In the Stam group, focusing on high-risk types of childhood leukemia, we have an open position for a research technician, with an interest in pre-clinical molecular/cellular (cancer) biology, and preferably with interest and legal permission to conduct mouse experiments.
Background information Stam research group
The main focus of the Stam research group has always been MLL-rearranged acute lymphoblastic leukemia (ALL) in infants (i.e. children <1 year of age), which represents a highly aggressive and difficult to treat type of childhood leukemia. Recently, however, we have expanded our focus by initiating research on high-risk types of pediatric acute myeloid leukemia (AML) characterized by MLL translocations or NUP98 gene fusions. For these specific ALL and AML patient groups we collectively aim to 1. Understand the biology and (epi)genetics underlying a. leukemogenic transformation at pre-leukemic stages, b. leukemia maintenance during full-blown overt leukemia, and c. disease relapse, 2. Unravel the molecular mechanisms underlying drug resistance and therapy failure, and develop therapeutic strategies to circumvent adverse drug responses, and 3. Identify and pre-clinically validate novel therapeutic targets and innovative treatment strategies, using refined in vitro and in vivo model systems.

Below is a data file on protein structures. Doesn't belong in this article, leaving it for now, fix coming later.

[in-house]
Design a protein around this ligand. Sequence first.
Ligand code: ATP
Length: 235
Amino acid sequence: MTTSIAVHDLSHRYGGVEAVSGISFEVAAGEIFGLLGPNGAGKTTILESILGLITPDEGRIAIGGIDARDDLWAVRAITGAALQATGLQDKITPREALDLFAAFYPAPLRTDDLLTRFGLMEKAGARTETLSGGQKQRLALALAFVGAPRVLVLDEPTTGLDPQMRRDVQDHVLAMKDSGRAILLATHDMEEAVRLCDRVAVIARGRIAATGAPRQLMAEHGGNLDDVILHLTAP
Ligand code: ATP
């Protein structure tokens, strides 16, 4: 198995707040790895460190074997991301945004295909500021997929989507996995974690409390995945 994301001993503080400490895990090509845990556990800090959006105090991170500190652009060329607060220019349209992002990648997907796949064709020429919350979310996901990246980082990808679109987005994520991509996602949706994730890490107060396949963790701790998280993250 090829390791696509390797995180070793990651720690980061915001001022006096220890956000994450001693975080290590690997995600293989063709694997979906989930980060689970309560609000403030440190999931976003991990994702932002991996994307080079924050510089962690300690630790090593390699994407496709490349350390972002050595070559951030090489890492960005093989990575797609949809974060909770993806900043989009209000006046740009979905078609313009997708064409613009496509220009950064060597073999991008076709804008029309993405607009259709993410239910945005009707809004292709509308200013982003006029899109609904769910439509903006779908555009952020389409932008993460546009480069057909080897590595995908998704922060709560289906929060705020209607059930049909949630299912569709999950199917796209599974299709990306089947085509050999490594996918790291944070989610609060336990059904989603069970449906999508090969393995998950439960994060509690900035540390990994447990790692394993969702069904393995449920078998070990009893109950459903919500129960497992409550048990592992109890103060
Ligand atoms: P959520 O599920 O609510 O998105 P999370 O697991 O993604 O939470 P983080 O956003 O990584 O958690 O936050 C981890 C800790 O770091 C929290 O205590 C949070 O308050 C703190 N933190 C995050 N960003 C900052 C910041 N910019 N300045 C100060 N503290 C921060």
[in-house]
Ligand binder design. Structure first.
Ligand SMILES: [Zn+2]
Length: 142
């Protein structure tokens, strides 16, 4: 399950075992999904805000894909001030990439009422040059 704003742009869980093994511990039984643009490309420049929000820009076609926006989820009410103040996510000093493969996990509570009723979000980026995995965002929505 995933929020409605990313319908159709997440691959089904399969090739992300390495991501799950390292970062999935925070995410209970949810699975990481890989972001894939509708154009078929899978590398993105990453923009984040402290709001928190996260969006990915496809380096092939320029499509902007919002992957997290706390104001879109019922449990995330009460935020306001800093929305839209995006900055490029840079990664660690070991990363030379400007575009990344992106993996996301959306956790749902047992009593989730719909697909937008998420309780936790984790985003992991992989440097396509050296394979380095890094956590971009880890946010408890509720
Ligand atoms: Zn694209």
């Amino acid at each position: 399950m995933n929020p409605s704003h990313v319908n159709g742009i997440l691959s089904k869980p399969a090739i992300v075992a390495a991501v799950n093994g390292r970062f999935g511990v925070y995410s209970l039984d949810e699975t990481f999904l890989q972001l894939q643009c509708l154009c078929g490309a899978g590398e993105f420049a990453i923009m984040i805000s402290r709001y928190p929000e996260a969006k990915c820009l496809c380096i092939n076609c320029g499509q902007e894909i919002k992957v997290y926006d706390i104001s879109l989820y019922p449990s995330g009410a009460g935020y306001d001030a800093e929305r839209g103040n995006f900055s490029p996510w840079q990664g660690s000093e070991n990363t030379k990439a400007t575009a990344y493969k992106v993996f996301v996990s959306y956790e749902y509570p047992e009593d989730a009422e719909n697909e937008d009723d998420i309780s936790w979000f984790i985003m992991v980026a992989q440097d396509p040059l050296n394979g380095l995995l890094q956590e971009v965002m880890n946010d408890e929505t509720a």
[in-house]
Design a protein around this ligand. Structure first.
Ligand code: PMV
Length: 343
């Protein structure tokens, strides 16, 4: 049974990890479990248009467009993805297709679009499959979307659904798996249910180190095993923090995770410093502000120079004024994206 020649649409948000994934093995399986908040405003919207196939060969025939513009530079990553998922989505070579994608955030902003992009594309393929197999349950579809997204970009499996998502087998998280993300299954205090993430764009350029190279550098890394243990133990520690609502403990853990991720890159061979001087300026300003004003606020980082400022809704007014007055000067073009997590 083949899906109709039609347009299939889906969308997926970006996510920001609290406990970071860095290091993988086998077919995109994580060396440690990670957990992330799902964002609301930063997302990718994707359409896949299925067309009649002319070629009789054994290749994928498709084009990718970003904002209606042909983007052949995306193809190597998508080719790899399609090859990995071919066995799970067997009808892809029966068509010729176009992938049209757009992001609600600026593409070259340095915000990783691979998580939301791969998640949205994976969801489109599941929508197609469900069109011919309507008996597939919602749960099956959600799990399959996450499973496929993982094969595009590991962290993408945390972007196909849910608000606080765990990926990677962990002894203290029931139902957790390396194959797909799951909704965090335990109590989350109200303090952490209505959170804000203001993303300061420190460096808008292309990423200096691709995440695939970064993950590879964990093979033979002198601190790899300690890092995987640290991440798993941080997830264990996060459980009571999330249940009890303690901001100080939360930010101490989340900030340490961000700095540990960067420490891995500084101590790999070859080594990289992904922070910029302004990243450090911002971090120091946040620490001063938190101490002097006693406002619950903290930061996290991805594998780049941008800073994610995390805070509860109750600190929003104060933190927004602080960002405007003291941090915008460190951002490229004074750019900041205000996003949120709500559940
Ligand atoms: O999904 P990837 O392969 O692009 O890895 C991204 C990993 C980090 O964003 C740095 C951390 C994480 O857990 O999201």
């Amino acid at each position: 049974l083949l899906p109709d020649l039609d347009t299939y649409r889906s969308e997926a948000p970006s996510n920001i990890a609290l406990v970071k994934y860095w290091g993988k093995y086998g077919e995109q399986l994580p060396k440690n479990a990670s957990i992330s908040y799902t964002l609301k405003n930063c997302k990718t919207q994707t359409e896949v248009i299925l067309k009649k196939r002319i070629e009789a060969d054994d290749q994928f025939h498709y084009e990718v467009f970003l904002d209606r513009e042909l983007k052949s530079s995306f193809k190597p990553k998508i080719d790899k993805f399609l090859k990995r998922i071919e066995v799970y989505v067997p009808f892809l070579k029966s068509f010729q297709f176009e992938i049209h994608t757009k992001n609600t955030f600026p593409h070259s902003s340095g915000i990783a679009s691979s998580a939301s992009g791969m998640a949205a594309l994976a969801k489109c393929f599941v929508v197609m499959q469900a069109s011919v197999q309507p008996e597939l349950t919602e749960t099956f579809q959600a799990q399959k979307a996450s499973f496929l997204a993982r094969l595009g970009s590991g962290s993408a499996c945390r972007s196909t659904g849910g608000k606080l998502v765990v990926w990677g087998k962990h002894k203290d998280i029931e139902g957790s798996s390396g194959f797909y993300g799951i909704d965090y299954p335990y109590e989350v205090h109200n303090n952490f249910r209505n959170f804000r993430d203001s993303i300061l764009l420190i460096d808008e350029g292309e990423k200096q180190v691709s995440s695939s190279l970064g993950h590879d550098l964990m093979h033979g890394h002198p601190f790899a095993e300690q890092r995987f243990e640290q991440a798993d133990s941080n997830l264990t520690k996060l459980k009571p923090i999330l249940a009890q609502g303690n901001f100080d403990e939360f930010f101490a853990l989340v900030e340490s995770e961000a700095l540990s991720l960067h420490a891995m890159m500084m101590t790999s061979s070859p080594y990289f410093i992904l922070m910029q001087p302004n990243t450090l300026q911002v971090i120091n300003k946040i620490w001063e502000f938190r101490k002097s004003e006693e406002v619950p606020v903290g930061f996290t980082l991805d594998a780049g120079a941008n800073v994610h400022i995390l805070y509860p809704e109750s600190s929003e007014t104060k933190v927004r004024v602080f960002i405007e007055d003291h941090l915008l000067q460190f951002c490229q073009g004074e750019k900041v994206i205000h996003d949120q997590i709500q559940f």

As the 5-year event free survival chances for infants (<1 year of age) diagnosed with MLL-rearranged acute lymphoblastic leukemia (ALL) still remain <40%, current therapeutic regimens are clearly not sufficient for these patients, emphasizing the urgent need for more adequate treatment options for these very young children. In order to identify novel and more effective therapeutics against MLL-rearranged infant ALL, we recently conducted elaborate in vitro drug library screens on MLL-rearranged ALL cell line models, as well as on primary MLL-rearranged infant ALL patient samples. These screens and subsequent validation experiments revealed various types of novel drugs that appeared highly effective against MLL-rearranged infant ALL. Moreover, in additional research that is currently being finalized, the underlying mechanism(s) of the sensitivity of MLL-rearranged ALL cells towards these agents are clearly starting to emerge. In order to render these agents suitable for clinical application, the work at hand now is to pre-clinically validate the efficacy of these therapeutics against MLL-rearranged infant ALL in vivo, using comprehensive mouse models. Therefore the current 4-year research project aims to determine the in vivo efficacy of these agents as mono-therapy, or in combination with additional drugs with which these novel agents have shown strong synergy in recent in vitro experiments. Agents that show promising results in the mono-therapeutic setting will then be tested in mice in the background of the combination chemotherapeutic treatment as currently used in the treatment of MLL-rearranged infant ALL. For this, mice will be treated for 3-4 weeks with a derivative of the actual induction therapy for MLL-rearranged infant ALL patients, either in the absence or presence of the novel therapeutic agents. This approach in which mice receive a 3-4 week window of induction therapy will also be used to deliberately provoke leukemia relapses in mice after induction therapy has been stopped. This will allow us to test the in vivo efficacy of selected agents and/or drug combinations against relapsed leukemia (which is notoriously chemo-resistant). Furthermore this strategy will also allows us to more efficiently study substantial numbers of relapsed MLL-rearranged ALL samples (that, given the rarity of this malignancy, are difficult to obtain), provided that the mouse equivalent of relapsed disease resembles that of actual relapsed MLL-rearranged infant ALL samples. Therefore, another aim of the project will be to compare relapsed leukemia samples obtained from mice with relapsed samples from actual MLL-rearranged infant ALL patients, in order to determine whether or not our mouse model produces genuine leukemia relapses. If so, we will adopt this mouse model to explore the possibilities of therapeutically eliminating disease relapses in a very early, still pre-leukemic stages, preferably using limited numbers of drugs at low dosages. Obviously, the entire project aims to provide sufficient amounts of pre-clinical evidence on various therapeutic strategies that pave the way for clinical application. As a research technician you will assist (by performing experiments for and with) a newly assigned post-doc who will take the lead in this research project.